I’ve also planted some ornamental flower seeds to fill in some corners. Who knew petunia seeds were so small? They’re the only ones that haven’t made a showing so far. But there’s time.

(L-R) allysum, cosmos, marigolds, petunias

The main thing we need is rain. If you’d care to help us by sending up prayers, magical spells, or incantations, or maybe suitable ritual sacrifices if that’s part of your belief system, we would be very grateful.

An unforgettable experience

Black backs and dorsal fins – a moving pod

It’s whale season in the Bay, that time of year when humpback whales make their annual migration up both sides of the Australian continent to give birth to their young in the warm waters of the tropics before heading back down south to Antarctica for the summer. Many whales on the East Coast run stop into Hervey Bay on the way south to take a break, maybe see if they can get a fin over (the boys) or fatten up their calves for the southern cold (the mums). The sub-adults come along for some fun and to learn the ropes and they’ll often interact with the people on the whale watching boats. Numbers are increasing every year and a few Minke whales and some southern right whales have been spotted, too.

I love whale watching. Armed with my camera, I go out at least once a year and sometimes twice. Some experiences are better than others, depending on the whales. It’s not a circus. They don’t perform to order. Sometimes they feel like interacting with the boats, other times they don’t. But when they do, it’s simply wonderful.

The very first time I went whale watching was 2007, the first year we lived here. We’d moved north from Victoria with a removal van full of stuff and two cars carrying the fragiles, clothes and so on. After wo weeks of unpacking boxes, moving furniture around, buying shelves and sideboards, and all those other jobs associated with moving house, we needed a break. Hervey Bay touted itself as the whale watching capital of the world so we bought a couple of tickets and off we went. On that occasion, Pete came, too. He doesn’t have my passion.

The trip from the harbour to Platypus Bay off Fraser Island, where the whales congregate, takes around forty-five minutes, travelling straight across the Great Sandy Strait to Fraser Island’s Moon Point, then up the channel that runs so close to the beach you can almost reach out and grab a handful of sand. From there, the boats fan out over the wide expanse of the bay and start looking for whales.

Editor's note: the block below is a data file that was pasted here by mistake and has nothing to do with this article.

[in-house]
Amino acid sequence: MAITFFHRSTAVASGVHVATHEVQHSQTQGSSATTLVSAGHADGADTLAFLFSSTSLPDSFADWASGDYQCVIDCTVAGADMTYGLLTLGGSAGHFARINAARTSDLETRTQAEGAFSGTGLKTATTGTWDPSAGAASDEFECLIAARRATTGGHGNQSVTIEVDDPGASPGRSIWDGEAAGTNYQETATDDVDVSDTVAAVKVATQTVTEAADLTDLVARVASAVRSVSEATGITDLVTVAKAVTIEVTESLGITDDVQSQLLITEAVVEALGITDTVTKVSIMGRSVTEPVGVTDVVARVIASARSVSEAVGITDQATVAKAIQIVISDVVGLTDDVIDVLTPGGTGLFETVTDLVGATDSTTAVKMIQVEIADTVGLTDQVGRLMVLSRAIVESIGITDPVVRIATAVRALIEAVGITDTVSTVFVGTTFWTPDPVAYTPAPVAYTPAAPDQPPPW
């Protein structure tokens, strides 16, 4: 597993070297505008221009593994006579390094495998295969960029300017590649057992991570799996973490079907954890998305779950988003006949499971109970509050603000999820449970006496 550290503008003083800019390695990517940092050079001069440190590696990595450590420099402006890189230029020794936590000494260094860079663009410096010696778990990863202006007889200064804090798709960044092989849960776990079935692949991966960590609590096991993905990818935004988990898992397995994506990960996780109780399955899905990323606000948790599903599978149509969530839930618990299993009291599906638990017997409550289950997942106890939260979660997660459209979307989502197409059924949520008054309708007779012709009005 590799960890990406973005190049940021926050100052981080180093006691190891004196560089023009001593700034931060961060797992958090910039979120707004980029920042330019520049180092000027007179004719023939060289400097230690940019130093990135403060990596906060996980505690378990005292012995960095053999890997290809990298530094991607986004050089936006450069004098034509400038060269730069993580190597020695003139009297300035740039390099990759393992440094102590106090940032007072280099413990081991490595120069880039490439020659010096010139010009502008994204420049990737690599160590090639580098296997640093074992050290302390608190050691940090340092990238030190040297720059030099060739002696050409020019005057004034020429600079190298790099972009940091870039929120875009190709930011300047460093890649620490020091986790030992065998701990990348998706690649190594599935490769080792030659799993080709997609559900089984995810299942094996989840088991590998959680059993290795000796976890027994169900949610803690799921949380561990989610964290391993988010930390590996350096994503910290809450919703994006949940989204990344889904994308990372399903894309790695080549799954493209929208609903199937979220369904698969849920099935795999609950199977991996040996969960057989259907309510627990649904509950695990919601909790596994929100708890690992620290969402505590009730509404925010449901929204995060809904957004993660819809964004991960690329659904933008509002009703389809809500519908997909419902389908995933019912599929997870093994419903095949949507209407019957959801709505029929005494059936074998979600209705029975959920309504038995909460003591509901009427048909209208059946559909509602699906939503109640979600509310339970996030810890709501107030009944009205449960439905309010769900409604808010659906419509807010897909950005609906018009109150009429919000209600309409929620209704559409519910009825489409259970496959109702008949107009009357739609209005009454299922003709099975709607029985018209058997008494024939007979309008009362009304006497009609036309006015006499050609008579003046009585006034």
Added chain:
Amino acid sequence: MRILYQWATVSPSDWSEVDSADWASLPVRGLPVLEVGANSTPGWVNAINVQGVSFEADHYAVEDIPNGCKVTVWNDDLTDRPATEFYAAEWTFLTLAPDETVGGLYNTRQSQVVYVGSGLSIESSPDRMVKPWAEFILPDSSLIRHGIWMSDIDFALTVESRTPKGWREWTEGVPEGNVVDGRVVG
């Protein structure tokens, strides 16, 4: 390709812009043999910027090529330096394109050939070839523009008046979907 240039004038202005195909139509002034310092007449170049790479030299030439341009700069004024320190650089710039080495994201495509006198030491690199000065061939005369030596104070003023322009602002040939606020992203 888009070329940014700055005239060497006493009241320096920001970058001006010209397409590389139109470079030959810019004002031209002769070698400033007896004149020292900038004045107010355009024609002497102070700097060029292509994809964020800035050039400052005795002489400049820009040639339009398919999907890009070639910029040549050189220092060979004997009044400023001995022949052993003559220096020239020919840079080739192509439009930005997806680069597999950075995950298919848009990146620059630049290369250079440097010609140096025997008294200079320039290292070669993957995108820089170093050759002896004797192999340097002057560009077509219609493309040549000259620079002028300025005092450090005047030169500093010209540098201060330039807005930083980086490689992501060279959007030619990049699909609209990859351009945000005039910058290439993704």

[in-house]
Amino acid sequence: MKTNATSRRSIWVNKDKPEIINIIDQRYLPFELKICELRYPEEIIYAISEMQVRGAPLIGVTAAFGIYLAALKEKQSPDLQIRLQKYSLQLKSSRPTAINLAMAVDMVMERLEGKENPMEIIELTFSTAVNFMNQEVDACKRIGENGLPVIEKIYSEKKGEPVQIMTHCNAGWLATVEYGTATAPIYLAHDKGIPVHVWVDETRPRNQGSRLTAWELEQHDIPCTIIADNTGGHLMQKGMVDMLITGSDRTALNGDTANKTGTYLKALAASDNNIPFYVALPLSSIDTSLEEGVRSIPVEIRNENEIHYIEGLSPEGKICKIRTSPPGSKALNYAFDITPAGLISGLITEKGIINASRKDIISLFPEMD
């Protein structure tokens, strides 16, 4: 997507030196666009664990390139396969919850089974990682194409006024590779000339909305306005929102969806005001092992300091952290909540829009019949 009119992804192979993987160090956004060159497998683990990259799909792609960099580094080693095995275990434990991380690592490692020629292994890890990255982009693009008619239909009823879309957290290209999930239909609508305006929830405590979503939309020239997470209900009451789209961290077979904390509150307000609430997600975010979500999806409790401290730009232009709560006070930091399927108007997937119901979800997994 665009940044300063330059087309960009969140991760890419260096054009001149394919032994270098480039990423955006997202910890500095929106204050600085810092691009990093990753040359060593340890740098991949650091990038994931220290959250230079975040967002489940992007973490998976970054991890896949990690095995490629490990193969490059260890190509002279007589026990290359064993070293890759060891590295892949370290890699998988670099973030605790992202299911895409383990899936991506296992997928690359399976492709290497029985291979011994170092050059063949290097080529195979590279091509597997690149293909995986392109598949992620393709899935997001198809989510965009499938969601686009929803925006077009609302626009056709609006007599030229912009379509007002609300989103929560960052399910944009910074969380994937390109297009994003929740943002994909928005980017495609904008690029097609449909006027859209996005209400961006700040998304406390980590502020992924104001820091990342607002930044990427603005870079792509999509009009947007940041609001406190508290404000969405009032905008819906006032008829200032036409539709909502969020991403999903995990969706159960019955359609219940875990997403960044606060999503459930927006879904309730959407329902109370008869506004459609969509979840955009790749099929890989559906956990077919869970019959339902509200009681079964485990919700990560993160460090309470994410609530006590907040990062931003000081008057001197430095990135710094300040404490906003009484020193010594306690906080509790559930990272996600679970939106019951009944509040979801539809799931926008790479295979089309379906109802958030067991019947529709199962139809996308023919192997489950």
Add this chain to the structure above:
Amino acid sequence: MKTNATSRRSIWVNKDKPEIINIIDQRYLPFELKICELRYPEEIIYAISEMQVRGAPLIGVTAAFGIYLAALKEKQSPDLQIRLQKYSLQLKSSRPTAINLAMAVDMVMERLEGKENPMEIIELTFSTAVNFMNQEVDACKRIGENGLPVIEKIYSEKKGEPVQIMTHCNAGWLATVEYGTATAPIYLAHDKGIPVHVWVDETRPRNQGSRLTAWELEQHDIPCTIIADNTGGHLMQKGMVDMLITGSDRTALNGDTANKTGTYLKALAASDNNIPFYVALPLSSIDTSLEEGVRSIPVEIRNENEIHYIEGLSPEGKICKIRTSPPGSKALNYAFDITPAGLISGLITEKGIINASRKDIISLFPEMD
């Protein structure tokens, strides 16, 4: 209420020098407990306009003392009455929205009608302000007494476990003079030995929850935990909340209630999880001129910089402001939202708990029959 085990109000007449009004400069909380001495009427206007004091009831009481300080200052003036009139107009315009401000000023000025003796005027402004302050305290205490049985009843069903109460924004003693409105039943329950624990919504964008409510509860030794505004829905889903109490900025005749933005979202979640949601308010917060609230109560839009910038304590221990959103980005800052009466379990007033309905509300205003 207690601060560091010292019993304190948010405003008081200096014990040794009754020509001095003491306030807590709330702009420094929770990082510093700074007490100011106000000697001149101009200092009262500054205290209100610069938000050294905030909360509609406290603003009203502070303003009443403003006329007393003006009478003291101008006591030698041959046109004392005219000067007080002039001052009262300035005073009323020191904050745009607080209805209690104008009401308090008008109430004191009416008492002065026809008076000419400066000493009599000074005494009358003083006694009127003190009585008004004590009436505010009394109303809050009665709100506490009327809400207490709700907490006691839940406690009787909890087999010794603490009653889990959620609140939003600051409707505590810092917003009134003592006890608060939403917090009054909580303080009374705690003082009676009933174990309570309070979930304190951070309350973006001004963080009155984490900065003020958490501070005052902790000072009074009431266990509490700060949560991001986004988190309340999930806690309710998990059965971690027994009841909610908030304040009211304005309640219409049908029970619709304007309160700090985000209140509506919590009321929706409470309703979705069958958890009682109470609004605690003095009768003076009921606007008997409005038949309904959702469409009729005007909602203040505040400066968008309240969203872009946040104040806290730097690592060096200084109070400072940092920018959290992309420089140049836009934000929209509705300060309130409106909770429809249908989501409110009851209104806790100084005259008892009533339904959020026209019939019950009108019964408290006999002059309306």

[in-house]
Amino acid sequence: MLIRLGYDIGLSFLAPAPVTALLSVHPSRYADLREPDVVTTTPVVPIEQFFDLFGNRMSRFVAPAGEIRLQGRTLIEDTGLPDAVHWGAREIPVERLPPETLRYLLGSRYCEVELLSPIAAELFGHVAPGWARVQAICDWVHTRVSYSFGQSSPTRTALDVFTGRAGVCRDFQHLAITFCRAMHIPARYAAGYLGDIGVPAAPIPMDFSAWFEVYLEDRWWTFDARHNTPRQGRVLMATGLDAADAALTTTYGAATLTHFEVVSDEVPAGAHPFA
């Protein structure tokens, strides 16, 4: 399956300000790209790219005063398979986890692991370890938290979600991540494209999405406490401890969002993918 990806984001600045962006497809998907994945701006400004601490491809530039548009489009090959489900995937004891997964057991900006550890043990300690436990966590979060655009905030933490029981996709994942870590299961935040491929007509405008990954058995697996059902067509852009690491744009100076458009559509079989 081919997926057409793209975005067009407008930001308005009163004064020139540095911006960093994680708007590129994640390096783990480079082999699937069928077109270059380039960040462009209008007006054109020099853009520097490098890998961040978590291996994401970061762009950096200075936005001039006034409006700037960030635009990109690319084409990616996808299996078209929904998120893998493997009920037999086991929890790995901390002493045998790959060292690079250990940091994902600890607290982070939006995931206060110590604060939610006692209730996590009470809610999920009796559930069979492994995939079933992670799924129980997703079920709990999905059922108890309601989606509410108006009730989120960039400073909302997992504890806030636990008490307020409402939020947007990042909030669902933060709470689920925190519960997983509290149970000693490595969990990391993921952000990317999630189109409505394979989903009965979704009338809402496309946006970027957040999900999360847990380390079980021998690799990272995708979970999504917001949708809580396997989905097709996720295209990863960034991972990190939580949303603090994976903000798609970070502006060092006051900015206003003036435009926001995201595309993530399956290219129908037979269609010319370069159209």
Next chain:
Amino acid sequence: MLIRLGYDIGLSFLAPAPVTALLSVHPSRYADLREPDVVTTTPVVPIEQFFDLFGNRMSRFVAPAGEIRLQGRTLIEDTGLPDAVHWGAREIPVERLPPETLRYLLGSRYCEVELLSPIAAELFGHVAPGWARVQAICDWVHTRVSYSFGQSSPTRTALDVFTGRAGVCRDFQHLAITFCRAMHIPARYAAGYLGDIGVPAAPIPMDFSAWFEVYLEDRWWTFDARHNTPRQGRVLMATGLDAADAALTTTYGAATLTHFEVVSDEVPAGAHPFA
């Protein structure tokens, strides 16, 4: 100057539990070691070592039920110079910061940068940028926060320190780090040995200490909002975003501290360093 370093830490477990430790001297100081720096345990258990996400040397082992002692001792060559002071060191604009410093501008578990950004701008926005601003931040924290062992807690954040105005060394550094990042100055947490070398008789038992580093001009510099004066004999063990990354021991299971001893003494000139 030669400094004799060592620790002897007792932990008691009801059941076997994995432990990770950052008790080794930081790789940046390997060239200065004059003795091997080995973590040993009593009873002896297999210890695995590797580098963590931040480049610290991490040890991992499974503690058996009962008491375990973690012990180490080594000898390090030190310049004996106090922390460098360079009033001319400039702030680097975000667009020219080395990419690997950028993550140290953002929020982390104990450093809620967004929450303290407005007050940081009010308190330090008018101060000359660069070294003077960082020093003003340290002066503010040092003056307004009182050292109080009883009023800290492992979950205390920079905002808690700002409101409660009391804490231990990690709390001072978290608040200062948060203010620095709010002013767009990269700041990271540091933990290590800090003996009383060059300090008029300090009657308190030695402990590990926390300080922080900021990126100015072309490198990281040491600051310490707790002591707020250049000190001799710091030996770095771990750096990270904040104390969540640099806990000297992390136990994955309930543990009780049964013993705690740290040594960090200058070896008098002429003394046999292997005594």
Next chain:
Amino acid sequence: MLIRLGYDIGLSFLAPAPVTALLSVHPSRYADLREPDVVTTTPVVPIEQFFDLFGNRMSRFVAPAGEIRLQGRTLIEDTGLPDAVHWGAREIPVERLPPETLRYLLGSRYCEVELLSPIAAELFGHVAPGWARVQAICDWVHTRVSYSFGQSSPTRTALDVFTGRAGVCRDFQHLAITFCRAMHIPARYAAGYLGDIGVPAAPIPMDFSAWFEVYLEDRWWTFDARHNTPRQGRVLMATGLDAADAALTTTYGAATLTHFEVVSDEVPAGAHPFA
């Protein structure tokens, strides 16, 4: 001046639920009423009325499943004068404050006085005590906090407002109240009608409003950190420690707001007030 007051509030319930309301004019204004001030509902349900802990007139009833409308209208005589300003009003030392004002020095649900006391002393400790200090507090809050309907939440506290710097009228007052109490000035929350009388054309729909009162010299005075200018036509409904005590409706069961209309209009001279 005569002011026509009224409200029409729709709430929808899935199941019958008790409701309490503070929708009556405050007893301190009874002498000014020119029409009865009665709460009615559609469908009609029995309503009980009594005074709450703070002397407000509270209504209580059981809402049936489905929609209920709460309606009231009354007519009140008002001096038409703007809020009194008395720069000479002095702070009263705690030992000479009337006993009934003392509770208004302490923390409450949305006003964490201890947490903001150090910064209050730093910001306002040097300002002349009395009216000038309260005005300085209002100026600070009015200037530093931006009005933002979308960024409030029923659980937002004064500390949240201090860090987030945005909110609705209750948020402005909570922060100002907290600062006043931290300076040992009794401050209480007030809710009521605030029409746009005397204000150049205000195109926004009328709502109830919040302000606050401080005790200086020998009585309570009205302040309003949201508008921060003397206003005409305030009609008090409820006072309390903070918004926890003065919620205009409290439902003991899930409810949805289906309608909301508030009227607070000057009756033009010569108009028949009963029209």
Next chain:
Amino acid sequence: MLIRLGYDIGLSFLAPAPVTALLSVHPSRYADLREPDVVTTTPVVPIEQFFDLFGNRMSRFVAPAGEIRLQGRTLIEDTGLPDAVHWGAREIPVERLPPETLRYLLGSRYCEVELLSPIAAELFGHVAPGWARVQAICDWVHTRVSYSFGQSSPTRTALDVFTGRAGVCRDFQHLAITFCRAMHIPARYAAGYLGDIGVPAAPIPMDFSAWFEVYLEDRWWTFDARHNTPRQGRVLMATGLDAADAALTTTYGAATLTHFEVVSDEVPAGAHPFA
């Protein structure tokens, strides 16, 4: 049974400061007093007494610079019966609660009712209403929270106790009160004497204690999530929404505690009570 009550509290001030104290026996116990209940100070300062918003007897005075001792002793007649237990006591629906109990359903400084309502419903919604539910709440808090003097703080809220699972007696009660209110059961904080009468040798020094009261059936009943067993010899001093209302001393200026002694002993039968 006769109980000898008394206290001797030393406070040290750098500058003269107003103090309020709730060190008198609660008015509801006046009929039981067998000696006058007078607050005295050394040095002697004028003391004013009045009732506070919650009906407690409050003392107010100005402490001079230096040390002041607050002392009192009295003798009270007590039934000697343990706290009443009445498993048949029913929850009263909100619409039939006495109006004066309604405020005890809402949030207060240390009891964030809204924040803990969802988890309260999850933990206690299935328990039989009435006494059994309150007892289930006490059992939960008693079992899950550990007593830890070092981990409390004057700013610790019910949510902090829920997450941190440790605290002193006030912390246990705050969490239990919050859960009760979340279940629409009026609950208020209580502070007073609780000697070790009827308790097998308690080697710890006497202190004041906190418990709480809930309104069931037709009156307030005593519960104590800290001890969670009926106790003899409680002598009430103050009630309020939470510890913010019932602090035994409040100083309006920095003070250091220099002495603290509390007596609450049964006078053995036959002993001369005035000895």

That year the whales were in spectacular form.

I parked myself on the boat’s top deck (it has three) while Pete stayed down on the lower deck, closest to the water. I used a Canon 20D. It was my earlier photography days and I had the camera set at sports mode, which is basically shutter priority with auto everything else. You never know when a whale is going to do something so I soon learned to keep the camera up to my eye with my finger hovering on the shutter.

On any whale watching trip you’ll see whales just cruising along like those in the top picture, often in casual groups of two or three that’s known as a ‘pod’. It’s not a family – humpbacks are normally solitary. A dorsal fin will slice through the water, a column of expelled air will spout from the blowhole, then they’ll dive to rise again somewhere else. People who have never been whale watching before will take lots of pictures of backs and fins. Yes, me too, in the early days. But now I want something more to photograph.

The whales have a number of “party tricks” which are really just their natural behaviour. They’ll display their tail fins, roll around in the water, slap their tails hard in an action known as a peduncle slap, wave their long pectoral fins in the air, and perform kind of horizontal rolls in the water. Groups of randy males will get together in ‘fighting pods’ where they’re trying to prove who’s bigger and tougher, and that’s something to see with lots of grunting and churning water.

But all the skippers agree there are two behaviours that are stand-outs: breaching, where the whale flings its whole body up and out of the water, to fall down with a monumental splash. And there’s the skyhop, where the curious whale approaches a boat and hangs vertically in the water with its snout above the surface. Breaches are fairly rare and you have to count yourself lucky. So are serious skyhops.

Friends, on that wonderful trip in 2007 we saw it all. Tail-waving, pectoral-waving, tail slaps – and breach after breach after breach and the most magical skyhop I have ever seen. So… come along and see the photos I took with my pretty amateur camera back in 2007. Excuse the quality – just enjoy the moment.

A tail wave. The underside of the tail is like a fingerprint – every whale’s is different

Waving a pectoral fin. The whale is on its side, relaxed and happy, and there’s another whale cruising along beside it.

A vigorous tail-slap

A (slightly fuzzy) breach. She’s on her way down.

He’s come right out of the water and now he’s heading down for the splash

A truly spectacular back flip

Sideways, horizontal to the surface

The splash down is incredible

Face to face with a humpback. They can see clearly through water and air. The eyes are just below the surface.